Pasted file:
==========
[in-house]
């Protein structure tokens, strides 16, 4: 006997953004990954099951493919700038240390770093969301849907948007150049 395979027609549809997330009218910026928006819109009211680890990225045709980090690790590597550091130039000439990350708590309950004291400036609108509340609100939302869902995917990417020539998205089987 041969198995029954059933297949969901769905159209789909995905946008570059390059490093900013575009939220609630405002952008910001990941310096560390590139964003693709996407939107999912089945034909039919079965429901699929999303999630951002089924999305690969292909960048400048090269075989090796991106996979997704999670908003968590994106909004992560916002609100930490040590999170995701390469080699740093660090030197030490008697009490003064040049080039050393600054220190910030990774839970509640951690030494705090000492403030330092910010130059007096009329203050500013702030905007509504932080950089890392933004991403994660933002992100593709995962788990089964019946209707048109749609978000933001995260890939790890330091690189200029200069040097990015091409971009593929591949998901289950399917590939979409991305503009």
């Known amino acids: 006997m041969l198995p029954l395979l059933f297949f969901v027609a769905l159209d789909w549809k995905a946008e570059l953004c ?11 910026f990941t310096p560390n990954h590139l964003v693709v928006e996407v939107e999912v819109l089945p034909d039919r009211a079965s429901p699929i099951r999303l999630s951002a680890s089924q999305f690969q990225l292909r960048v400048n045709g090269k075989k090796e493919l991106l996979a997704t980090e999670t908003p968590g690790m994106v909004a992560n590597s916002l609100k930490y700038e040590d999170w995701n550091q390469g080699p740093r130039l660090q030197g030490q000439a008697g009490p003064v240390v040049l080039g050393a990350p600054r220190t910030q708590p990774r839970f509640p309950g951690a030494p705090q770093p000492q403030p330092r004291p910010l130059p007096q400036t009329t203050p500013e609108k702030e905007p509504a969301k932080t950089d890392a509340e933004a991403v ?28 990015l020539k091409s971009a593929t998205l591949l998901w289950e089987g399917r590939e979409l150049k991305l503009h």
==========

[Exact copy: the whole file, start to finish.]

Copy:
[in-house]
């Protein structure tokens, strides 16, 4: 006997953004990954099951493919700038240390770093969301849907948007150049 395979027609549809997330009218910026928006819109009211680890990225045709980090690790590597550091130039000439990350708590309950004291400036609108509340609100939302869902995917990417020539998205089987 041969198995029954059933297949969901769905159209789909995905946008570059390059490093900013575009939220609630405002952008910001990941310096560390590139964003693709996407939107999912089945034909039919079965429901699929999303999630951002089924999305690969292909960048400048090269075989090796991106996979997704999670908003968590994106909004992560916002609100930490040590999170995701390469080699740093660090030197030490008697009490003064040049080039050393600054220190910030990774839970509640951690030494705090000492403030330092910010130059007096009329203050500013702030905007509504932080950089890392933004991403994660933002992100593709995962788990089964019946209707048109749609978000933001995260890939790890330091690189200029200069040097990015091409971009593929591949998901289950399917590939979409991305503009």
């Known amino acids: 006997m041969l198995p029954l395979l059933f297949f969901v027609a769905l159209d789909w549809k995905a946008e570059l953004c ?11 910026f990941t310096p560390n990954h590139l964003v693709v928006e996407v939107e999912v819109l089945p034909d039919r009211a079965s429901p699929i099951r999303l999630s951002a680890s089924q999305f690969q990225l292909r960048v400048n045709g090269k075989k090796e493919l991106l996979a997704t980090e999670t908003p968590g690790m994106v909004a992560n590597s916002l609100k930490y700038e040590d999170w995701n550091q390469g080699p740093r130039l660090q030197g030490q000439a008697g009490p003064v240390v040049l080039g050393a990350p600054r220190t910030q708590p990774r839970f509640p309950g951690a030494p705090q770093p000492q403030p330092r004291p910010l130059p007096q400036t009329t203050p500013e609108k702030e905007p509504a969301k932080t950089d890392a509340e933004a991403v ?28 990015l020539k091409s971009a593929t998205l591949l998901w289950e089987g399917r590939e979409l150049k991305l503009h």